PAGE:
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Fewer passengers, higher fares (good Indy article)

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Fewer passengers, higher fares (good Indy article)

Old 14th Apr 2020, 17:37
  #1 (permalink)  
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Fewer passengers, higher fares (good Indy article)

This makes v interesting reading. But grim reading for all pilots, including wannabes I'm afraid.

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Old 14th Apr 2020, 18:13
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Originally Posted by CaptainCriticalAngle View Post
This makes v interesting reading. But grim reading for all pilots, including wannabes I'm afraid.


Daily Telegraph (UK News) reporting similar.

Quote. “Air fares could double when lockdown is lifted, making foreign holidays temporarily unaffordable for many British families.

The Telegraph understands ticket prices are set to surge because once non-essential foreign travel is once again allowed, aircraft carriers are likely to be barred from fully filling planes.

This is in order to ensure passengers keep a safe distance from each other while onboard. Last night an industry source said it is expected that aircraft carriers will be given social distancing guidance, which they will be asked to enforce for passengers“.


Must admit, having now given up on sitting in Row 0 (but I do have an FI job courtesy MOD) I’ve been thinking about what it would be like to use public transport infrastructure. E.g. London Underground to Heathrow. Then the Security. Security Trays. The crush of people. Retail outlets. Public toilets. The queue at the entrance to the aircraft as you board. Flying packed economy. I’m sure that the Cabin Crew must feel the same and, I assume Pilots if they too travel on public transport to Crew In.

Time to get used to masks and gloves. Lovely. All the way across the pond.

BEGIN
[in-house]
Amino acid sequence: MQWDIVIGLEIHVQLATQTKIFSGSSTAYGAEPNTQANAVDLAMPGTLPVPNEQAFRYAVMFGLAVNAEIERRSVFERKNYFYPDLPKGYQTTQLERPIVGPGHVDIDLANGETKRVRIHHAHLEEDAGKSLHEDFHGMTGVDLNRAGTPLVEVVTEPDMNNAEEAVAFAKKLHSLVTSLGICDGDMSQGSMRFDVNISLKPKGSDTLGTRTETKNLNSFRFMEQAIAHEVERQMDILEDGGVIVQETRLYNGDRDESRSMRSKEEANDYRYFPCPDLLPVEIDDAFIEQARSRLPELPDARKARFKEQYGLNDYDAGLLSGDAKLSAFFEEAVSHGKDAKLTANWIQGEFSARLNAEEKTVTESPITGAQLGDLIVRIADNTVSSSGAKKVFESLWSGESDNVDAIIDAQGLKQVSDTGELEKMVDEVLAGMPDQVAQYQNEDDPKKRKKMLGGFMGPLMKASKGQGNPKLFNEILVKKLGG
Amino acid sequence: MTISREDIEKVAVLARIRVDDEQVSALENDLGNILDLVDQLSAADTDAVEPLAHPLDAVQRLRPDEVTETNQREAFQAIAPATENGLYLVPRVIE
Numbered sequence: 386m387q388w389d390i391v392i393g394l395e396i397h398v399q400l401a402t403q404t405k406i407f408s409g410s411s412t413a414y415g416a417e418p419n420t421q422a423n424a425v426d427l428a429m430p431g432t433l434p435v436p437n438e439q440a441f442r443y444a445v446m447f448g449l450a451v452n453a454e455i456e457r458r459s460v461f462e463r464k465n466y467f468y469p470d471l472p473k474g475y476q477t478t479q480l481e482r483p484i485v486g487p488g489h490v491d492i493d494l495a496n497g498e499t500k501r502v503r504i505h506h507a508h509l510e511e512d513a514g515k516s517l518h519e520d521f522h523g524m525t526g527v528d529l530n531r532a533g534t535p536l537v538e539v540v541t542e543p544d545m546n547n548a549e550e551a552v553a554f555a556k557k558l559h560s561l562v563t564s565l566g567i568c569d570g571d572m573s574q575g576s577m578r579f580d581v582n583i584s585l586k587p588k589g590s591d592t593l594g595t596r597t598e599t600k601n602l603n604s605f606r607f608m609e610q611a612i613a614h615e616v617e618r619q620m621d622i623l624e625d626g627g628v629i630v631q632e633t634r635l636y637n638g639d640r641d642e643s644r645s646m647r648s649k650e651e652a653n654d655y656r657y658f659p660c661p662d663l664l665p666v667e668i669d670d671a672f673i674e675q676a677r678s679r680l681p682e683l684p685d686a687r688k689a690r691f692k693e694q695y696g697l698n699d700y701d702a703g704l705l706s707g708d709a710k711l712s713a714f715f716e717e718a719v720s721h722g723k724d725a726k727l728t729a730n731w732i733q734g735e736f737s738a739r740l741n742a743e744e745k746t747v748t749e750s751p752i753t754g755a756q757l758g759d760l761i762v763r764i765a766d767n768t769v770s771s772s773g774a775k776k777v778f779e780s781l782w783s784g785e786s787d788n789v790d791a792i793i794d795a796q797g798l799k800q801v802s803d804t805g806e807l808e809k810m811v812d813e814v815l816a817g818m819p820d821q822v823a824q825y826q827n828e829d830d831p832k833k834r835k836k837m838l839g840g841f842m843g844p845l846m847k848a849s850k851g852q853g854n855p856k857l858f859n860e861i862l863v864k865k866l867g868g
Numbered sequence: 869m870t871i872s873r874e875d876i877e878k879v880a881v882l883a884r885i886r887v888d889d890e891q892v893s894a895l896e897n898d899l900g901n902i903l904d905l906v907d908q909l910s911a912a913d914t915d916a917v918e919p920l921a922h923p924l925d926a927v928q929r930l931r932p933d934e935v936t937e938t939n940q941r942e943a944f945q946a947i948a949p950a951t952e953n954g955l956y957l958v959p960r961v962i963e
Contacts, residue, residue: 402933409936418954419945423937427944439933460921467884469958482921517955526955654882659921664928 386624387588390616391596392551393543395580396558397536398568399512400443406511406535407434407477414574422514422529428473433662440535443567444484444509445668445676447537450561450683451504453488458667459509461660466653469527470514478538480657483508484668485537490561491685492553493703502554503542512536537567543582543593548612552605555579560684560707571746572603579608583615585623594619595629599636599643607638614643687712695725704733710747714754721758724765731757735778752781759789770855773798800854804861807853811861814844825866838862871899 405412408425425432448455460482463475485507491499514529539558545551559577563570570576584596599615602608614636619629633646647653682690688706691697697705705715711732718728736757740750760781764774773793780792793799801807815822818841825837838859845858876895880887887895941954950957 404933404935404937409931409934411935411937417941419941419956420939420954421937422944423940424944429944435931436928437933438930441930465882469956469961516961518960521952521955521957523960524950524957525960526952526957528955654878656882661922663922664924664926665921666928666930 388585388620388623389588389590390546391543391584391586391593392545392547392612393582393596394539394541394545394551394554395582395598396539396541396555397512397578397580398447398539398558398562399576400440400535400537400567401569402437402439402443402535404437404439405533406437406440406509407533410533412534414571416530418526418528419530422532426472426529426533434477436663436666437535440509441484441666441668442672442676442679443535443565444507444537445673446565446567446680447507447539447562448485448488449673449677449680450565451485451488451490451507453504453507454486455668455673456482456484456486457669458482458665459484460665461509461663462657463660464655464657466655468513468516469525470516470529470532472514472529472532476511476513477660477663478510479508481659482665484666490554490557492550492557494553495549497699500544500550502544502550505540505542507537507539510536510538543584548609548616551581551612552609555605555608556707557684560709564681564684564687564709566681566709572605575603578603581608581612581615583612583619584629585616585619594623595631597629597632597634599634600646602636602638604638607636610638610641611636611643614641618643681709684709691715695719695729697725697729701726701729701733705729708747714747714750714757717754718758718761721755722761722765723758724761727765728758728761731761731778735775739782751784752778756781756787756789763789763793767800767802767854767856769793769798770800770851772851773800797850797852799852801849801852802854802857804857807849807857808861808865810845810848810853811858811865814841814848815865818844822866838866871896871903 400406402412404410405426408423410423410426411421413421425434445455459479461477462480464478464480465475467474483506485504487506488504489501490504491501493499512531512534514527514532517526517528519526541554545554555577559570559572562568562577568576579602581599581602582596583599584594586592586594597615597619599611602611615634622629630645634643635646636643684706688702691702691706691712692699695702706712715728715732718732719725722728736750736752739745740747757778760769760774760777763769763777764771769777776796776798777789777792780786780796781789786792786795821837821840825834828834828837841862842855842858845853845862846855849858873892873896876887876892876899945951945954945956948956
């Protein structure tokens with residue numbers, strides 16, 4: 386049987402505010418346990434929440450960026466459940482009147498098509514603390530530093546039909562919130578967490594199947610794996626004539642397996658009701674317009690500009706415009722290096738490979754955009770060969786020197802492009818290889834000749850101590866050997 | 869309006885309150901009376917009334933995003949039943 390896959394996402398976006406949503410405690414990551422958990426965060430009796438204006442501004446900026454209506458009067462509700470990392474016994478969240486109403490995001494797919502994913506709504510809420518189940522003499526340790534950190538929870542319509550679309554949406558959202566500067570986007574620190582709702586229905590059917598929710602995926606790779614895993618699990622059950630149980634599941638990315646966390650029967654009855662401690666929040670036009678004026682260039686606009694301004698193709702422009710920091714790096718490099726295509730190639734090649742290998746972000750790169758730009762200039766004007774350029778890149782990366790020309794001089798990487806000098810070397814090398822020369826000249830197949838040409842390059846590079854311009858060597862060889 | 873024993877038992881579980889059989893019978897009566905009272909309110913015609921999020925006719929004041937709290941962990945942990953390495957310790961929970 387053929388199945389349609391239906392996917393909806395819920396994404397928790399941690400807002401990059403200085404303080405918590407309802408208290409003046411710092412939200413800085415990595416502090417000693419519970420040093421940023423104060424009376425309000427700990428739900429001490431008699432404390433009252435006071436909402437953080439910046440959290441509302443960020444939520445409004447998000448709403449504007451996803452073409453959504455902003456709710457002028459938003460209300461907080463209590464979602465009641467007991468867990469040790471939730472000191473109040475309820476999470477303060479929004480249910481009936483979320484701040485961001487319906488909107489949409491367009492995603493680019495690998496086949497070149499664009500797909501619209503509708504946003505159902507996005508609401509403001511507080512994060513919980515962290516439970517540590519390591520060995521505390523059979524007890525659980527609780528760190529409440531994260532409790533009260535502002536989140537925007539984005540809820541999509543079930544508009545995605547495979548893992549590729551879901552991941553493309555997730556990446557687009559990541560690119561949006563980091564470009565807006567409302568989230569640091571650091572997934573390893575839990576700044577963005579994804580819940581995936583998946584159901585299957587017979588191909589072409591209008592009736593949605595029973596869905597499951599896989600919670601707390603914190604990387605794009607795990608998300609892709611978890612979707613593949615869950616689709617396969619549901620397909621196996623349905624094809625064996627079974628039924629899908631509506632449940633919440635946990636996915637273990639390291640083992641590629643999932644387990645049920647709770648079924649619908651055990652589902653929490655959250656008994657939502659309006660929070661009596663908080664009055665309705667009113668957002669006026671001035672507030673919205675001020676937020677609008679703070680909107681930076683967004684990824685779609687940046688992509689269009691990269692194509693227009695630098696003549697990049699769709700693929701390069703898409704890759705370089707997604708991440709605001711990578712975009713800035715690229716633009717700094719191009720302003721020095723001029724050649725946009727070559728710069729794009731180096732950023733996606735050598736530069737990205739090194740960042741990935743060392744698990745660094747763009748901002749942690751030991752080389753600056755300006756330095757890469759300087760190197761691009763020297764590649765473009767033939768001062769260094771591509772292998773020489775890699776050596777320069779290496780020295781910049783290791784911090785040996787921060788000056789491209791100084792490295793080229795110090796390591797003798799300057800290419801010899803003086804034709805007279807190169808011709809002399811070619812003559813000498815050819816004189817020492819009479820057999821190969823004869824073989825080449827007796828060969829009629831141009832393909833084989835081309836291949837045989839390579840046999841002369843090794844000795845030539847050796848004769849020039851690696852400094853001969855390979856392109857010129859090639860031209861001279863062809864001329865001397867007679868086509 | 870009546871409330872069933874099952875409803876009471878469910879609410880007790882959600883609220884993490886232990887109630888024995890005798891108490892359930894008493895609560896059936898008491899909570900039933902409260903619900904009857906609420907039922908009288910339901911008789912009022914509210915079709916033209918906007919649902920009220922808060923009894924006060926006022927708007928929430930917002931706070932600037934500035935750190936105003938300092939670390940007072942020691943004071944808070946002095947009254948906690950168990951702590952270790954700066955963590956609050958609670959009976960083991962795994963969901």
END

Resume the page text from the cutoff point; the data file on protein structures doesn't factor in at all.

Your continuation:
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Old 14th Apr 2020, 19:43
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Airport fees would have to rise too which will feed through. Many terminals rely on volume feeding the retail/food outlets which brings in lucrative rent and income which sustains the place. Same for car parking etc. If you’ve got only a third of the passengers, it doesn’t take long for the shutters to come down. Equally you lose economies of scale in handling etc, all of a sudden staff for 150 pax becomes staff for 50 pax
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Old 14th Apr 2020, 19:45
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Uh-huh, and we'll have to maintain this new "social distancing" on trains, coaches, buses, subways, etc. trebling the fares and giving every PPRuNeing city & country in the world insufficient pax transport capacity.

Do you still think that only airlines are going down the drain?

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Old 14th Apr 2020, 22:27
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This is the new brexit. Lots of hypothetical talk about what could or couldn't happen in the future. Just filling column inches for the sake of it.
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Old 14th Apr 2020, 23:19
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Welll...the CNN experts says precisely the opposite...prices will be the most low and cheapest ones since 2001, and a lot of bookings are now being made starting next July onwards....

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Old 15th Apr 2020, 15:14
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In the US airlines do fly near empty planes to qualify for emergency subsidies, so every dollar of revenue is welcome.

In the EU near all planes are grounded (employees on emergency unemployment benefits) and selling tickets could mean that planes have to be flown, with all associated costs.
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Old 15th Apr 2020, 17:08
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No one knows where this will end up. Each carrier will try their own formula and watch others. A bit like dealing with the virus now ...
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Old 15th Apr 2020, 17:31
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There are an awful lot of hotels and resorts around the world. There are hundreds and thousands of people who rely on tourism for their livelihoods, so they are not just going to give up. Holidays will have to become cheap in order to attract visitors. If it is cheap, the demand will be there. Airlines will not get away with charging high prices, because if they do, the likes of Ryanair will certainly undercut them.